Therefore, the court confirmed that there was sufficient evidence of use of the earlier mark for tax consultancy services and rejected the first ground for appeal.

The applicant also alleged that the Board of Appeal had wrongly considered that the services and marks were similar. The board’s definition of the relevant public as company managers and officers as well as private individuals in Germany was not in issue.

The court considered that the services were identical or similar to the services in the registration. Taking each of the services in turn, the court held that:

  • “tax consultancy” is expressly included in the specification of the earlier mark and, therefore, such services are identical;
  • “preparation of tax returns” is part of the services of a German tax advisor and “preparation of tax assessments” is part of its role, so these services are identical;
  • “auditing” includes “tax consultancy”, since chartered accountants manage company tax returns and certify them, so such services are identical;
  • “business consultancy” is specifically referred to in the extracts of the trade register of tax consultants and, therefore, these services are identical;
  • “book keeping” is often offered by tax consultants (even if they do not undertake such activities personally) and such services are thus identical;
  • “mergers and acquisitions” fall within the broad role of German tax advisors, forming part of the range of advice offered by them, and so such services are similar; and
  • “legal services” and tax consultancy are similar, since tax advice is part of legal services and tax advice may require legal research.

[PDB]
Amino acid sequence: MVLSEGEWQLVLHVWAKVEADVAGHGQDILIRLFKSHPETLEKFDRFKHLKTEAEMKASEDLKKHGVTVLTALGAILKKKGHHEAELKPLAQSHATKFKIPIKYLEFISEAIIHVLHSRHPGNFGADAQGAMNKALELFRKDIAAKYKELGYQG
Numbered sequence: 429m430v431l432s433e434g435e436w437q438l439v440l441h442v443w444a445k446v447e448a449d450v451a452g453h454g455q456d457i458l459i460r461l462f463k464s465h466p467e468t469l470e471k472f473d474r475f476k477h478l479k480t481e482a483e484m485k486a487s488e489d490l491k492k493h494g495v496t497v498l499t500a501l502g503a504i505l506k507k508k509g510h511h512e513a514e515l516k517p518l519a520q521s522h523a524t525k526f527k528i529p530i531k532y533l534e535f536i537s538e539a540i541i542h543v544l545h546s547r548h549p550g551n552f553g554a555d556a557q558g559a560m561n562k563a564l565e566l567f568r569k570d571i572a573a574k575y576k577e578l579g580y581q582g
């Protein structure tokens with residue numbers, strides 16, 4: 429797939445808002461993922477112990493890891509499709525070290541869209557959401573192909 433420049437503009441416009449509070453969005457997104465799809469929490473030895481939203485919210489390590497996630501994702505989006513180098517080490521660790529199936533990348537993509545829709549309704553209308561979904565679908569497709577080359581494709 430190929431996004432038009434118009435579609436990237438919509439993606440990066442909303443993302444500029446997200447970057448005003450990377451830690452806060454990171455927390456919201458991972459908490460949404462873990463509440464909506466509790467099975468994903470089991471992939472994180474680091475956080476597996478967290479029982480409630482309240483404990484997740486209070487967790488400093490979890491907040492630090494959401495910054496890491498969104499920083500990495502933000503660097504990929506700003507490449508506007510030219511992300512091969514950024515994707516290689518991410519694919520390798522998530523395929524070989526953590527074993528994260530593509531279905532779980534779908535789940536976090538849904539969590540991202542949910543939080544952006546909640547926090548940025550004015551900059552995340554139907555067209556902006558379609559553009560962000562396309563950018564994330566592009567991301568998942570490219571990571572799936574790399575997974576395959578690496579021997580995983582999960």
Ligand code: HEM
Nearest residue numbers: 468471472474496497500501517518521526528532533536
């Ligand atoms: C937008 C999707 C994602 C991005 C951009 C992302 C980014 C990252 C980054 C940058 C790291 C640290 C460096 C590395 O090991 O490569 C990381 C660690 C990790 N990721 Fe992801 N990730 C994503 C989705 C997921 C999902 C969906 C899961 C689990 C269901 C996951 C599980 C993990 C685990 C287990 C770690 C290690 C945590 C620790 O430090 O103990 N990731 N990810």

The applicant further challenged the similarity of the marks due to their length and dissimilar first syllables. The General Court considered as follows:

  • The marks were of average visual similarity since, whilst admittedly of different lengths, they shared the 'antax' element, and the additional letters 'A' and 'R' at the start of the applicant’s mark had little importance compared to the other letters which were in the same order as those in the earlier mark.
  • The marks were of average phonetic similarity, since the earlier mark had two syllables and the applicant's mark had three syllables, but the first letters and last syllables were the same and these would be retained by the relevant public.
  • The marks were unable to be compared conceptually since they were invented words. On this point, the applicant raised the argument that 'tax' would be understood as meaning 'taxes' in English. The court did not accept this, but acknowledged that, even if it were accepted, this reinforced the likelihood of confusion rather than challenging it.

On the basis of the average visual and phonetic similarity of the marks and identical or similar services, and due to the imperfect recollection of the relevant public, the General Court considered that there would be a likelihood of confusion for these services. The appeal was thus rejected.

This case emphasises the relatively low threshold for proof of genuine use of an earlier trademark that is over five years old, confirming that there is no de minimis rule and that even limited use of a mark in respect of the relevant services may be an acceptable basis for an opposition.

Ellie Forrest-Charde and Chris McLeod, Squire Sanders (UK) LLP, London